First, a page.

By Greg Kot
Johnny Marr was only 23 when his first major band, one of the best England ever produced, fell apart.
The Smiths, the Manchester quartet he had cofounded with Morrissey in 1982, released seven albums that changed the course of British rock. By 1987, it was all over, the quartet splintering in acrimony.
"Even though I was very young, the decision to quit the Smiths was not impulsive," Marr says. "Because I had absolutely no idea what I was gonna do when I left, I had to consider the worst-case scenario, which was returning to obscurity. That was preferable to the situation I was in, so I have no regrets.
"If it's all about drinking from the fountain of youth and fame, you'll be a pretty poor musician. I just followed the music. The Smiths had a great run, but there were other things I wanted to do, and I found that in my hometown there was a revolution about to start in information, culture and music technology, and I didn't want to stay in the old boys club the rest of my life. I wanted to feel like a 23-year-old music fan."
Marr never looked back. His skills as the consummate team player?a brilliant guitarist, songwriter and arranger?soon led to stints with Chrissie Hynde in the Pretenders and Matt Johnson in The The. He hooked up with New Order's Bernard Sumner for a one-off project that blossomed into a nine-year, three-album collaboration known as Electronic. The pair tapped into the emerging acid-house movement in England, with its merger of rock and dance beats as epitomized by the Stone Roses and Happy Mondays, and had a hit single, "Getting Away With It."
"I saw computer technology the way Phil Spector might have seen an orchestra: as a very compliant set of musicians," Marr says. "But I started to miss playing with a band."
In 1997, while in New York, he ran into Who drummer Zak Starkey in an elevator.
"I had no idea who he was, but struck up a conversation, and I thought he had a nice face," he says with a laugh. "I'm fairly instinctive, and the next thing I knew we were running around New York and agreeing to play together once we got back to the UK. When we started to play, that thing happened when you're 16, 17, and friends develop a musical chemistry. That's the time the bell rings and you form a group."
Marr became the Healers' vocalist by default. He had intended to work as he always had?writing the songs, playing guitar, and letting someone else sing the lyrics. But after awhile, his bandmates Starkey and Alonza Bevan (formerly of Kula Shaker) insisted that he sing. "If I thought I'd be the singer in the group, I never would have started it in the first place," Marr says. But his performance on the Healers' debut album, "Boomslang" (iMusic), is certainly creditable, lending a smoky atmosphere to a batch of sultry mid-tempo grooves that evoke T. Rex and his past work in The The and the Smiths. A premium is placed on riffs and sculpted guitar parts, rather than long, meandering solos.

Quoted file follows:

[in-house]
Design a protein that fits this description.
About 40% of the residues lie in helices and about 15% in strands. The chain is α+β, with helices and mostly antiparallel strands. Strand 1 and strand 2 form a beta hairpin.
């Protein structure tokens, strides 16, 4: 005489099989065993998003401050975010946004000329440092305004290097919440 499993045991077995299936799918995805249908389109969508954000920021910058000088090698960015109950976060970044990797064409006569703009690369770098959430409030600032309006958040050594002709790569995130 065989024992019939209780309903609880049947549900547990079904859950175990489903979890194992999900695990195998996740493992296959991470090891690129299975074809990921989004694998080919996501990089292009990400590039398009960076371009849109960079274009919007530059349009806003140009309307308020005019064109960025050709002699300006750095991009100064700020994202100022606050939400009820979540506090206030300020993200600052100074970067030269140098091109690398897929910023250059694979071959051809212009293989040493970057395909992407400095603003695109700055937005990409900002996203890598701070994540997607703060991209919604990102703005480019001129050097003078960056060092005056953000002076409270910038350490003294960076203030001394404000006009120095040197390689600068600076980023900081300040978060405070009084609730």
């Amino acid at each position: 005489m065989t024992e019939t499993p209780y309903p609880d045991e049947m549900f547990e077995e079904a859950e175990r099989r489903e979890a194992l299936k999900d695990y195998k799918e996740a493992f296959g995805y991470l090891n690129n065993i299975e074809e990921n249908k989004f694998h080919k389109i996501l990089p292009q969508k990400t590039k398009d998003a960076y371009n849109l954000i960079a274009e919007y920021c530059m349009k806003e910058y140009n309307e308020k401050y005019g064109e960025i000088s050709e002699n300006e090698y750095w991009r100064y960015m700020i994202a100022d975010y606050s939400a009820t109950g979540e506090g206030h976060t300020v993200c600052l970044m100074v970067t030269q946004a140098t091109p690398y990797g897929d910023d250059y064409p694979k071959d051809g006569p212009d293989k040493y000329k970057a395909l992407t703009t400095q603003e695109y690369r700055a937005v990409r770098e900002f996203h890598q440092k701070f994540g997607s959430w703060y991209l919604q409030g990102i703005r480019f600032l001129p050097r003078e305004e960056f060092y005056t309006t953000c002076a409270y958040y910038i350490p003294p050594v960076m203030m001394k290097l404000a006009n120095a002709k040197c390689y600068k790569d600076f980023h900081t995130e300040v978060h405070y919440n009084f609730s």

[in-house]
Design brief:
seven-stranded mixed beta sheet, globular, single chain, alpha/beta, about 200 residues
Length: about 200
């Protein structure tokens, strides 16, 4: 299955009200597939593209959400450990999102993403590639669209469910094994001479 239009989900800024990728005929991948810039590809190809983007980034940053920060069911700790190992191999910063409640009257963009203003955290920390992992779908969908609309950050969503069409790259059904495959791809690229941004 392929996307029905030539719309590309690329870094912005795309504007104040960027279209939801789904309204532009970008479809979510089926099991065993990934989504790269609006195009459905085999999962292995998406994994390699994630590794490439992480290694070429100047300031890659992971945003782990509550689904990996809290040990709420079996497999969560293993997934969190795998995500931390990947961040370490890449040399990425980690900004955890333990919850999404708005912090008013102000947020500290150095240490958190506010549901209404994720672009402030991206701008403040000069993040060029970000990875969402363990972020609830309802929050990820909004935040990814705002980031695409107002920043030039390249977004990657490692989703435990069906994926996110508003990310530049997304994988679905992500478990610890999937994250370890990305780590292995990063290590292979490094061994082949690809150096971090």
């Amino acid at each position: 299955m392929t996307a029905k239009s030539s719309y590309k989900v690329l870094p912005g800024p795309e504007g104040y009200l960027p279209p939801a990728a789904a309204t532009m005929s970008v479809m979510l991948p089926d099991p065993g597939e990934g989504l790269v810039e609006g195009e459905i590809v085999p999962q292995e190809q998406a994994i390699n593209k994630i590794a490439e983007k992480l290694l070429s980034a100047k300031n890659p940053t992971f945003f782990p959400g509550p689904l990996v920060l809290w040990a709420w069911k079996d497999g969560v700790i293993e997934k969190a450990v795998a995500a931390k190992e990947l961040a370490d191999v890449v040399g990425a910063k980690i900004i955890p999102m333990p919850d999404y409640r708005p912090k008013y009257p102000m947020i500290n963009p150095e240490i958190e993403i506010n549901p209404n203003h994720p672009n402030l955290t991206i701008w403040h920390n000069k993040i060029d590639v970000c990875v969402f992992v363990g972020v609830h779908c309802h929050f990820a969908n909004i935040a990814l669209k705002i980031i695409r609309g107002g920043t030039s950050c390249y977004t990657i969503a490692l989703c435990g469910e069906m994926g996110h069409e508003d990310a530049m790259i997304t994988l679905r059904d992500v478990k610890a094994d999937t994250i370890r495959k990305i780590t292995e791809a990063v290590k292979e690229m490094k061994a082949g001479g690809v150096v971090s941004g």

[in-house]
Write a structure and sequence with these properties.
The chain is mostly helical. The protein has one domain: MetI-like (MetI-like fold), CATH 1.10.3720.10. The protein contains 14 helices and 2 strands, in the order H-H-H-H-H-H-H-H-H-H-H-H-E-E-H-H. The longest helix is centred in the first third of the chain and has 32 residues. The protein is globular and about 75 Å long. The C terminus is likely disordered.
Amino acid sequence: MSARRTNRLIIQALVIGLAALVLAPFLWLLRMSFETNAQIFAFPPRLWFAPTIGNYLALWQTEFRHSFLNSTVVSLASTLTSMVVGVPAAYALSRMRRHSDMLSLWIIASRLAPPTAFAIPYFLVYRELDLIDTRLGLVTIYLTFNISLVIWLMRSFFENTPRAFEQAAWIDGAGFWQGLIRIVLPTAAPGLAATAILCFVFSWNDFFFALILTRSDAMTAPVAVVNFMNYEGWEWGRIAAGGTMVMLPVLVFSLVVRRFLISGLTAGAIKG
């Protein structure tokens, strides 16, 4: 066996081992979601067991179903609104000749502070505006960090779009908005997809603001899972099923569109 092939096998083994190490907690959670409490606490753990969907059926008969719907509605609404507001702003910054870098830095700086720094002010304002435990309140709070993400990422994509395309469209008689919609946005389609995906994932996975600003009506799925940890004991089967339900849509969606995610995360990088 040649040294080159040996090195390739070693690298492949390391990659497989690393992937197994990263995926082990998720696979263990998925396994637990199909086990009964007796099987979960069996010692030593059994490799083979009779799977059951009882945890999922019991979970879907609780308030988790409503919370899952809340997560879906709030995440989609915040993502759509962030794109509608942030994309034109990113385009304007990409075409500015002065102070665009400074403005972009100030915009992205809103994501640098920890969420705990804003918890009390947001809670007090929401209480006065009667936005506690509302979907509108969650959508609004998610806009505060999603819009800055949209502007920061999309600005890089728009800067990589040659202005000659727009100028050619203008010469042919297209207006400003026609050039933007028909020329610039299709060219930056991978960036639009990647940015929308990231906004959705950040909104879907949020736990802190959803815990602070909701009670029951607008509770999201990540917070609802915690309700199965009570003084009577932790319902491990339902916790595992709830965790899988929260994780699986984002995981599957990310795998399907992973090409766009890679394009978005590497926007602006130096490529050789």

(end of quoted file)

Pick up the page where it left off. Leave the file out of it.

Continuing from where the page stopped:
"When I grew up, the guitar as Olympic sport ethos was uncool," Marr says. "I liked hooks and I liked melody and getting to the point." The young guitarist played along trying to copy the arrangements to the 7-inch singles he was obsessively collecting: Mott the Hoople's "All the Young Dudes," T. Rex's "Metal Guru."
"I came to value the sense of arrangement, the storytelling aspect of sound," he says, "which I found much more appealing than some guy like Ritchie Blackmore, who wanted to float down on stage in a harness while playing a solo."
Marr's genius became apparent on Smiths' songs such as "How Soon is Now." Its opening blast of guitar is a leap of imagination, a devastating swoon that suggests a slowed down Creedence Clearwater riff tortured by a slide, distorted by vibrato and filtered through four amplifiers. It remains one of the most galvanizing moments in rock history, that of a guitarist turning his instrument into an orchestra of sound.
"It's less about technique than it is about vocabulary and state of mind," he says of his philosophy as an instrumentalist. "You've got to be making progress as a person to progress as a guitar player."
Which is why leaving the Smiths may be the second best thing that ever happened to him after founding the Smiths.
people are still crying that we broke up, but I'm not," he says. "I
was brought up to believe being a musician was a privilege and the idea of a
guy brooding and being resentful about what was has a lot more to do with having
a career than with playing music."
Kot is the Chicago Tribune rock critic.
Originally published Jan. 23, 2003.
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